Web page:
The global retail industry, with its vast and intricate supply chains, carries a significant environmental burden. According to a 2018 report, the sector is responsible for an annual emission of 3.8 billion metric tons of carbon dioxide equivalents (CO2e) – roughly equivalent to the entire EU’s emissions. Against this formidable backdrop, several retail leaders are charting an audacious path towards net-zero carbon emissions. In this piece, we will delve deeper into the environmental journeys of three such pioneers: IKEA, Patagonia, and Natura & Co, looking at what they do, their business models, and how they are becoming champions of sustainability.
IKEA – Building a Better Future with Flat-pack Furniture
IKEA is a multinational conglomerate known for its modernist designs for various types of appliances and furniture, which are sold in ready-to-assemble formats. Its business model is centred around providing functional, well-designed products at low costs, which is achieved through a combination of bulk purchasing, long-term supplier contracts, and an efficient, scalable design and manufacturing process.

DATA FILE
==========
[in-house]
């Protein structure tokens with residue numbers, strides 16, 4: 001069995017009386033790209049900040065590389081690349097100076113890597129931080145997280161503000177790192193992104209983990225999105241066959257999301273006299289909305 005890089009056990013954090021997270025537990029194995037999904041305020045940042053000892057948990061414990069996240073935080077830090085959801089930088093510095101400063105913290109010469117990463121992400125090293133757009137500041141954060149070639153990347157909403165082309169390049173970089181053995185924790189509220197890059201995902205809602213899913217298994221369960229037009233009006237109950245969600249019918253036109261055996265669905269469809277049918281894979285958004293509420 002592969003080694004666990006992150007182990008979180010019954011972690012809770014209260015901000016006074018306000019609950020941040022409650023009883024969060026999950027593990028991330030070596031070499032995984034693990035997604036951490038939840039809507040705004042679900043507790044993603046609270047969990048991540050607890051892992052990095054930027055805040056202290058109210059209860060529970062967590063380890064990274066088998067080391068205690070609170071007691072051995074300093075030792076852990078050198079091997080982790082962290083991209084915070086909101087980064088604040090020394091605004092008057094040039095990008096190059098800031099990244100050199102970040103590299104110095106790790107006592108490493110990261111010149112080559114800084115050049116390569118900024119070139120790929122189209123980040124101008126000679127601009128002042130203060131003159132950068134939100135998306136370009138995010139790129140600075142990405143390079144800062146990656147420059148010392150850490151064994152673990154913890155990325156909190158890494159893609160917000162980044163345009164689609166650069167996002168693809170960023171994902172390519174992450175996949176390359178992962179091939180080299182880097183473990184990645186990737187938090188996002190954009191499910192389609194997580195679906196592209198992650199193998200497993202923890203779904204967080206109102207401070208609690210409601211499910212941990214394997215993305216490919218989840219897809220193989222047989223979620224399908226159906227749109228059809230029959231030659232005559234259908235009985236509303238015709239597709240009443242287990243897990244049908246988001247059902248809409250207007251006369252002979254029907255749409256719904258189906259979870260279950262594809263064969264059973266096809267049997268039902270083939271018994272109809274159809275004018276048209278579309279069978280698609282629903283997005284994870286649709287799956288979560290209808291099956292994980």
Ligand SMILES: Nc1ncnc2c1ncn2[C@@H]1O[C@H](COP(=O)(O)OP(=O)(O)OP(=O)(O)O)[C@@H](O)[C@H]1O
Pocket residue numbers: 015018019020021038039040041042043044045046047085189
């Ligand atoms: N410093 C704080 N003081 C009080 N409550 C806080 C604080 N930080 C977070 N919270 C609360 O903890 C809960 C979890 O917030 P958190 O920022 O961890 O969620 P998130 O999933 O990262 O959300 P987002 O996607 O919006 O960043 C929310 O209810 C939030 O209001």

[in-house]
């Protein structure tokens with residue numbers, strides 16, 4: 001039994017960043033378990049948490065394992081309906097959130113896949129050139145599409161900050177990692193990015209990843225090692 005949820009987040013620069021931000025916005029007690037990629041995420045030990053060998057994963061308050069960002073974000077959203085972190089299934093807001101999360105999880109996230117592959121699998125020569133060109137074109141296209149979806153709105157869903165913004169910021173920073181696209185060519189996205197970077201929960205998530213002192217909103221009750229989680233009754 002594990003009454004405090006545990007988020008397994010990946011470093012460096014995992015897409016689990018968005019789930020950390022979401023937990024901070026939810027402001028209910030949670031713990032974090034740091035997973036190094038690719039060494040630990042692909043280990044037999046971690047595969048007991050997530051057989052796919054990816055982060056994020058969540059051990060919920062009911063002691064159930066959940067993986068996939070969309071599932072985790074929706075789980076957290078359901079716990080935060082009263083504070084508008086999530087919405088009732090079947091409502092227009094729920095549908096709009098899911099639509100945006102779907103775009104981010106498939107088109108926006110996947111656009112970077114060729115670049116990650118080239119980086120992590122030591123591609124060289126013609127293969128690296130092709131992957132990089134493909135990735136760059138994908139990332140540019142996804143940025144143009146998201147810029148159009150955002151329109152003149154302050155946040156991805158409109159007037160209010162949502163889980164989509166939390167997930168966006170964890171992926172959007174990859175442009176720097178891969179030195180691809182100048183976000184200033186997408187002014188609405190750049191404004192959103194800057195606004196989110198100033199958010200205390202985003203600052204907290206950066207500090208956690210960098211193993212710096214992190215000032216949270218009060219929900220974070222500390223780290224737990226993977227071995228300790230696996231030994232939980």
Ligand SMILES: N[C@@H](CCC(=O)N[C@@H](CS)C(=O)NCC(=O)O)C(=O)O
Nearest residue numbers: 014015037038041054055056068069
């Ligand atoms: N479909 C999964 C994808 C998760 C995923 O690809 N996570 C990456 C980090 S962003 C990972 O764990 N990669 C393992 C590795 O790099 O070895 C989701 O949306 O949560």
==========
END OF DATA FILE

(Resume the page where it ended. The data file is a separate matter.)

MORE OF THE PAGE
IKEA has made a bold commitment to become a climate-positive business by 2030. In other words, IKEA is committed to removing more carbon from the atmosphere than it emits, thus doing its part to combat the looming threat of climate change.
Actions IKEA is Taking:
- Renewable Energy: In a bid to transition away from fossil fuels, IKEA has invested a staggering €2.5 billion in renewable energy projects, such as wind and solar power. The aim is to produce more renewable energy than the company consumes by 2020. This not only helps IKEA to reduce its carbon footprint significantly but also stimulates local economies by creating job opportunities and fostering regional development.
- Sustainable Materials: IKEA is a staunch advocate for sustainability within its product range. The company has set ambitious goals for its materials sourcing: by 2020, 60% of IKEA’s product range will be made from renewable materials, and the company aims to reach 100% by 2030. This strategy helps to reduce the demand for virgin materials, preserving forests and habitats around the world.
- Circular Business Model: IKEA has embraced a circular business model, aiming to design all its products to be reusable, repairable, and recyclable. This not only extends the lifespan of IKEA products but also promotes responsible consumption among customers, thus minimizing the waste that ends up in landfills.